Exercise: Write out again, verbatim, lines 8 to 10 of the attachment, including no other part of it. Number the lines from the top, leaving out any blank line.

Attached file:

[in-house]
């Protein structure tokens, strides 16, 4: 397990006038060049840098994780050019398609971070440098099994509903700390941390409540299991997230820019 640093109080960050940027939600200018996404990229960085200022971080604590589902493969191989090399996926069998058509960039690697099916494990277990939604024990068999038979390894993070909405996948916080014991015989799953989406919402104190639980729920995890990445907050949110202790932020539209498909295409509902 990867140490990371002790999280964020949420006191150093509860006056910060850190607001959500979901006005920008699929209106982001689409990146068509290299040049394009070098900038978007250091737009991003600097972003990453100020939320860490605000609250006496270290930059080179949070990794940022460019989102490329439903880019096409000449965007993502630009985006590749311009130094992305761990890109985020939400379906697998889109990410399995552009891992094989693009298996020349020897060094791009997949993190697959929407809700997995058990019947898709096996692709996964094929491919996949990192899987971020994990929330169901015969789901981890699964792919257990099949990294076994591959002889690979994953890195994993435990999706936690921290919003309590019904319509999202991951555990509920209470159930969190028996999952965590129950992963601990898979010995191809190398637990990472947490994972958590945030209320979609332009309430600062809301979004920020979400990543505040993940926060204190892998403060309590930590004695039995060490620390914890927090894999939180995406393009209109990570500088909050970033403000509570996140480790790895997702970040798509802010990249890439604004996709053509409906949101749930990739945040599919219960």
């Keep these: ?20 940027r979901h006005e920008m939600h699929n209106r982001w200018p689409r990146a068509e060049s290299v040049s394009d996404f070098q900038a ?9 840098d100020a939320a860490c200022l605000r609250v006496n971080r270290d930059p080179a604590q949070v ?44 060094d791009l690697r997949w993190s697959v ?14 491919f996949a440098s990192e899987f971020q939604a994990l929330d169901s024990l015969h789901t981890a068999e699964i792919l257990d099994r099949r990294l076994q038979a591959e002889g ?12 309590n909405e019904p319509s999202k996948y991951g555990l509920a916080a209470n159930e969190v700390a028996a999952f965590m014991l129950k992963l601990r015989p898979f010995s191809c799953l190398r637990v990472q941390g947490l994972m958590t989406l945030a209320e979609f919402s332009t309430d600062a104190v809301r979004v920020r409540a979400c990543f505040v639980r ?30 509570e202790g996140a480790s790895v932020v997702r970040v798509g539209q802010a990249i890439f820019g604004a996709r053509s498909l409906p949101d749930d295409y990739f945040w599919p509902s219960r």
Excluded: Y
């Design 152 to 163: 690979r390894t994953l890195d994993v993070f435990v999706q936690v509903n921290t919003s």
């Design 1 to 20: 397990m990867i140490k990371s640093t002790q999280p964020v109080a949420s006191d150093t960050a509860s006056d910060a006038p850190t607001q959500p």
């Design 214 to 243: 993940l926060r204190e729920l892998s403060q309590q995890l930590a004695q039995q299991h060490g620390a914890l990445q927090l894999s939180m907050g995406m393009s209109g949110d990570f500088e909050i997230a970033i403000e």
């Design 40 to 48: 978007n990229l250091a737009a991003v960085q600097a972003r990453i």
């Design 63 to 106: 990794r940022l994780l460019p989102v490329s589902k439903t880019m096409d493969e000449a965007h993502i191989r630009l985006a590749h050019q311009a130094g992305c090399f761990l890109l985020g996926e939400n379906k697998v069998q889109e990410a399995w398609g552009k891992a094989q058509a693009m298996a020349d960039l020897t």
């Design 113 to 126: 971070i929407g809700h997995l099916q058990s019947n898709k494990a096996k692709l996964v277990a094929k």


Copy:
């Design 40 to 48: 978007n990229l250091a737009a991003v960085q600097a972003r990453i």
């Design 63 to 106: 990794r940022l994780l460019p989102v490329s589902k439903t880019m096409d493969e000449a965007h993502i191989r630009l985006a590749h050019q311009a130094g992305c090399f761990l890109l985020g996926e939400n379906k697998v069998q889109e990410a399995w398609g552009k891992a094989q058509a693009m298996a020349d960039l020897t």
């Design 113 to 126: 971070i929407g809700h997995l099916q058990s019947n898709k494990a096996k692709l996964v277990a094929k």